In summary, gastrointestinal function (particularly constipation) was significantly associated with BKS scores of PKG, providing evidence that the PKG could be used to monitor non-motor outcomes, such as constipation. Although the observation that, e.g., constipation is linked to general BKS is not novel, this study shows that motor outcomes obtained through wearable sensors are associated with such NMS. This suggests that further work should be undertaken to explore the role of wearable sensors to be used as markers of specific NMS in PD.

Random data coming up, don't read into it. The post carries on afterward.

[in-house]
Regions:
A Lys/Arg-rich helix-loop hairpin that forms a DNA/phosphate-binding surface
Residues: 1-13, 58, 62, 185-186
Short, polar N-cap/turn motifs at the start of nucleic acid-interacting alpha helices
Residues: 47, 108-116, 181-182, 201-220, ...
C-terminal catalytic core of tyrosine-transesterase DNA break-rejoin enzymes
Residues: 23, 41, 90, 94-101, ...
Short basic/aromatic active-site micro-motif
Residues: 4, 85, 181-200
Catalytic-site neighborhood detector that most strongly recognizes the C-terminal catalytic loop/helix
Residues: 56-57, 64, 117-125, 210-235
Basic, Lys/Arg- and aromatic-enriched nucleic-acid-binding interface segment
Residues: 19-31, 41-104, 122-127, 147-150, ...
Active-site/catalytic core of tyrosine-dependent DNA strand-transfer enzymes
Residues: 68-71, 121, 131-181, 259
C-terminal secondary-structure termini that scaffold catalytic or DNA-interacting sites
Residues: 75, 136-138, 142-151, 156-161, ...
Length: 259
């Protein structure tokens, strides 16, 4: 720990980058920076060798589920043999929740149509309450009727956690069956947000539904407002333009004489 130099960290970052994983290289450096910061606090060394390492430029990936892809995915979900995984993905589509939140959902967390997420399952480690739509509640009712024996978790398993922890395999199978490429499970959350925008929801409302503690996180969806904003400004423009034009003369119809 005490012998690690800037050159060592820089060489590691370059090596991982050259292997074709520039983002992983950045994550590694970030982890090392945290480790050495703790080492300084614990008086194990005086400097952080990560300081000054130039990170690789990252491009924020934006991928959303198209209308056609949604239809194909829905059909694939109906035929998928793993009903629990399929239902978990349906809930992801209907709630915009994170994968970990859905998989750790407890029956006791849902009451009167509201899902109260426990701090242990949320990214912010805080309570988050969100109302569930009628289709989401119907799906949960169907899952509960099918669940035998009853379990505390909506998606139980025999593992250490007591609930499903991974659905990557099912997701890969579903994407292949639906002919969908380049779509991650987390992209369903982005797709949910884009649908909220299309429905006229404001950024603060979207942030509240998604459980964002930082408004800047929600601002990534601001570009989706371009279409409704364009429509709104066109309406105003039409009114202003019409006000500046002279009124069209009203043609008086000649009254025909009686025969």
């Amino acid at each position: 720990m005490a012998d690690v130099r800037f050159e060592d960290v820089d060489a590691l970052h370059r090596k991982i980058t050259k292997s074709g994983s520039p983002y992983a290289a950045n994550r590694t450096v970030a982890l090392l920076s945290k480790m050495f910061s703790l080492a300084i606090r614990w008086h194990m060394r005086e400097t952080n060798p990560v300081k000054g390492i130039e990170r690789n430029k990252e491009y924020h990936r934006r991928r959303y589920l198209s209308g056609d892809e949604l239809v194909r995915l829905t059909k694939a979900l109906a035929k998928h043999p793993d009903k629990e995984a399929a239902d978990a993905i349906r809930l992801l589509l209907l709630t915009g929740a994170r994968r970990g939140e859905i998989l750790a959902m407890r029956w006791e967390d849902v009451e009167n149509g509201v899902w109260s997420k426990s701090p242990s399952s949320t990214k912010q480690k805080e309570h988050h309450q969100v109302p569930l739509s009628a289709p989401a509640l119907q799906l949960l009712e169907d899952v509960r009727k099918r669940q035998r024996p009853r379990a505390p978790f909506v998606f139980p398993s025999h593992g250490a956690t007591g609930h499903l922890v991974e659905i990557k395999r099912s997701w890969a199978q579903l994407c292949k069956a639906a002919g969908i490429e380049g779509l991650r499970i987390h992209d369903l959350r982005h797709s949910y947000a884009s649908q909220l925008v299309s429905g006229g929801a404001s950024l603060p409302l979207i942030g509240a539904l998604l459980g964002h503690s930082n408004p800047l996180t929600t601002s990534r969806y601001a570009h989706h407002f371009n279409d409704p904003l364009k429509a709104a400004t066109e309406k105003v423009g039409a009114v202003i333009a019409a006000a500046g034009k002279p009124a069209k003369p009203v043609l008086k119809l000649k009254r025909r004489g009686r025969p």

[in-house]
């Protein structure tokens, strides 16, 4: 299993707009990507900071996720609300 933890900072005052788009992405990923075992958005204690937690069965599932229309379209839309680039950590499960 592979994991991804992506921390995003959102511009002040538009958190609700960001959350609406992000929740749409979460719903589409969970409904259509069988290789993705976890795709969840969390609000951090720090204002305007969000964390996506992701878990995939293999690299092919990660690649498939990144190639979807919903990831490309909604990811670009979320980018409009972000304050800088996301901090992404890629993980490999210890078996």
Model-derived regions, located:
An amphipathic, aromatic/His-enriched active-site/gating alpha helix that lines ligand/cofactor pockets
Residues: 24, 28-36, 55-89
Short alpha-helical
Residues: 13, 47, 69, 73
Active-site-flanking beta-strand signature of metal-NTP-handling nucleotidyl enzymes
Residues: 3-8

All consecutive patients between July 2014 and February 2018 with a diagnosis of probable idiopathic PD who participated in the Non-motor Longitudinal International Study (NILS) and had a baseline assessment were included in the study. The NILS cohort study (adopted as a national study by the National Institute of Health Research in the United Kingdom (UKCRN No. 10084)) is a comprehensive study with non-motor profiling of PD as the primary outcome measure addressing natural history of NMS, treatment response and clinico-pathological-imaging correlations. For this analysis, only patients who had an assessment at King’s College Hospital were included. The NILS study was authorised by local ethics committees (NRES South East London REC, 10084, 10/H0808/141). All patients gave written consent prior to study procedures in accordance with the Declaration of Helsinki. PKG readings were performed as part of standard clinical care after the device was granted licence in the United Kingdon from 2016. All patient data were anonymised and coded. The project was also under the data protection act code of the General Data Protection Regulation (2016/679 EU) (GDPR).